Nature and National Identity: Contradictions in a Canadian Myth
By Geneviève Richard
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Canadians have always identified the natural world as an important part of their national identity. Through an examination of the way nature is painted in the Group of Seven’s work, how corporations use nature in advertisements and how government institutions commemorate nature on the national currency, the author suggests that there is a disconnect between Canadians’ articulated values and current environmental policy. This paper examines the contradictions and consequences of this gap in Canadian identity through an analysis of the images on Canadian national currency and the Molson Company’s advertisement “Made in Canada”. While the Royal Canadian Mint has recently released a coin celebrating Canada’s Boreal forest, destructive economic activity in the Alberta oil sands is devastating this environment. These types of activities illustrate the contradictions in Canada’s national identity. The consequences of this contradiction as explored in this paper are the commodification of nature, the erasure of Indigenous peoples’ presence in Canada, as well as the Canadian elite increasingly dominating the ownership of the means of production.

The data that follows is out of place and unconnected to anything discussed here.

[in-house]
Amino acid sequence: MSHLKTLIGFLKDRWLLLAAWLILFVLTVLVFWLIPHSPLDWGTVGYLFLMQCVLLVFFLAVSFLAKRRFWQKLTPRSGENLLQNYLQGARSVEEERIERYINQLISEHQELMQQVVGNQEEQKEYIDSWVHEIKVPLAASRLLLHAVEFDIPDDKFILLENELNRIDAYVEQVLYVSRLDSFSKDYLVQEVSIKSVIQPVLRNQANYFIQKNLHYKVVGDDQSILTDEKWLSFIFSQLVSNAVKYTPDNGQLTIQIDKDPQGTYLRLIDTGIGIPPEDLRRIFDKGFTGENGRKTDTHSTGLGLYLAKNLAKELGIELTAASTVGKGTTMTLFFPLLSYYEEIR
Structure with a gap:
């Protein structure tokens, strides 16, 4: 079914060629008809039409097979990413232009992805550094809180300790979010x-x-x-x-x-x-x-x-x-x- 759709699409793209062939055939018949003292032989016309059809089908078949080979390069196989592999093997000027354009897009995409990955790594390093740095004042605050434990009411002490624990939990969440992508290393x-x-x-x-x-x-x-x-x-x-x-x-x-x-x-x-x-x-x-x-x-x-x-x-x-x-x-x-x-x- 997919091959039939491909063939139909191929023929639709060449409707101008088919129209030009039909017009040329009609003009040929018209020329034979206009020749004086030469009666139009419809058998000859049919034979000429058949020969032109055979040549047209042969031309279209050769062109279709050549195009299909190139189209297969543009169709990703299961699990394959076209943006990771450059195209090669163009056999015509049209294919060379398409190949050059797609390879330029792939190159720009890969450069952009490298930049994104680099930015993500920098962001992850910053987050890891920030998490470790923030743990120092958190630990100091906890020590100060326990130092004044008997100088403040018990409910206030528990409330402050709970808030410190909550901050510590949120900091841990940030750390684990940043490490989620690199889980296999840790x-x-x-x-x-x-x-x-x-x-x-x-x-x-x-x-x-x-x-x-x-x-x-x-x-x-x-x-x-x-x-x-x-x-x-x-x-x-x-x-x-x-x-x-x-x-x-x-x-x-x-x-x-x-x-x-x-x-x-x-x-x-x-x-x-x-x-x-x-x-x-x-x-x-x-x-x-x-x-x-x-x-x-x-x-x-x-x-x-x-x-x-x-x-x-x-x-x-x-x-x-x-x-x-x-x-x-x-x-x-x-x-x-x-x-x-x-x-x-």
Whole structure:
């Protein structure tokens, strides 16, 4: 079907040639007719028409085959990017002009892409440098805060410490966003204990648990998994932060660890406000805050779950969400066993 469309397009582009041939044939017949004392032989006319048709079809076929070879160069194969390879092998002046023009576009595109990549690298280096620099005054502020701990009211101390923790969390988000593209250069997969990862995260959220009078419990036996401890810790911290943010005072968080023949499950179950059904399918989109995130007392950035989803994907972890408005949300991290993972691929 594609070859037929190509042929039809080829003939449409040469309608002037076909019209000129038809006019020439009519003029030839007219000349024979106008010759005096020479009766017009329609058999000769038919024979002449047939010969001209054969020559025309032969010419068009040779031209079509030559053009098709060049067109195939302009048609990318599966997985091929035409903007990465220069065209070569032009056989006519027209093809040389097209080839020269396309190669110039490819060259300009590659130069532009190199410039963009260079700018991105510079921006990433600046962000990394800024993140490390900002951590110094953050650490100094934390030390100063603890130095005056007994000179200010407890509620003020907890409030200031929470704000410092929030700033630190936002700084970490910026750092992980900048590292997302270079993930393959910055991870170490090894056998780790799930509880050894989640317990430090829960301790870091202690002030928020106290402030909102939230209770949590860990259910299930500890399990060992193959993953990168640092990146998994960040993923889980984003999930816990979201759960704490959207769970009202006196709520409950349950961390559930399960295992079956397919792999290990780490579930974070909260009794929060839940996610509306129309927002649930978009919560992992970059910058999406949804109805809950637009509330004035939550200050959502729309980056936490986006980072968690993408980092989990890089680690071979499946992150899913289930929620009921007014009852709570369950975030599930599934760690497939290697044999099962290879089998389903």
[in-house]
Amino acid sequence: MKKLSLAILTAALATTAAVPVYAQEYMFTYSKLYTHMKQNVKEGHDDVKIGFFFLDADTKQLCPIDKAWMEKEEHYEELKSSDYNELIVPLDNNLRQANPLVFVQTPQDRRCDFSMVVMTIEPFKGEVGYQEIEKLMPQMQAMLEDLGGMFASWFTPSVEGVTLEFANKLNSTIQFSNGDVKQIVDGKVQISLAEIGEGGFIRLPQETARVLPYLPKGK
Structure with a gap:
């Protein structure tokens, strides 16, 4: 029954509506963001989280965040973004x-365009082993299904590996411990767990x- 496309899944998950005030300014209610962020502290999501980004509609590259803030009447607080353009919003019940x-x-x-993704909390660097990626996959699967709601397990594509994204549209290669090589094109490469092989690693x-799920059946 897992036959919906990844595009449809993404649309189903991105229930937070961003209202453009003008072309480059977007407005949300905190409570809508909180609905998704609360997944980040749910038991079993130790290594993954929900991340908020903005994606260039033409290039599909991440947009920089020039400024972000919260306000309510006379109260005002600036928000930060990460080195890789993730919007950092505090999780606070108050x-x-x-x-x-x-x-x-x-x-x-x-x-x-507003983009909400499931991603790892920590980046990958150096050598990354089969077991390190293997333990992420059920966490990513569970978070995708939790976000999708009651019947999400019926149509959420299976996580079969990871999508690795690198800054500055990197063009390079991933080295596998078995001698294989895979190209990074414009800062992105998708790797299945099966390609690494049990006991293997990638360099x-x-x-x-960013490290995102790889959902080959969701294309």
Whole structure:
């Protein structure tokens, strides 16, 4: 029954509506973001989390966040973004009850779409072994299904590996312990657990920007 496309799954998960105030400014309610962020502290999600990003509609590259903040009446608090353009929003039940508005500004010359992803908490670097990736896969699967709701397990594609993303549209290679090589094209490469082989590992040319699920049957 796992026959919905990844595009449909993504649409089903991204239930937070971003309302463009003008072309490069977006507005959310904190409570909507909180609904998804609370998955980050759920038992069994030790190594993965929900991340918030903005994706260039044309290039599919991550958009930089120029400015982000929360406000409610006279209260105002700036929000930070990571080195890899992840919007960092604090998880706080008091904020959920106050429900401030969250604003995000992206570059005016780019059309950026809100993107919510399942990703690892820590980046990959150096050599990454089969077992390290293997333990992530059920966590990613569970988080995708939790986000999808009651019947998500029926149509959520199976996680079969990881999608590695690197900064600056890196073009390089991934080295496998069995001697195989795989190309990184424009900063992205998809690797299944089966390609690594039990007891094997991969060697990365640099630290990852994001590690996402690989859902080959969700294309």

National identity, commemoration of nature, national symbols, national currency
Geneviève Richard is an undergraduate student in Political Science and Canadian Studies. She grew up in Montreal but spent her summers amidst the natural beauty of Northern Saskatchewan. It was there that her passion for the outdoors began to blossom. The article submitted to this year’s Capstone Seminar in Canadian Studies reflects her desire to better understand how Canadians understand and treat their natural world. Her academic interests are mainly in natural resource management, Aboriginal rights and Aboriginal health in Canada. She hopes to eventually pursue a degree in nursing after her undergraduate degree in order to provide better access to healthcare in remote communities.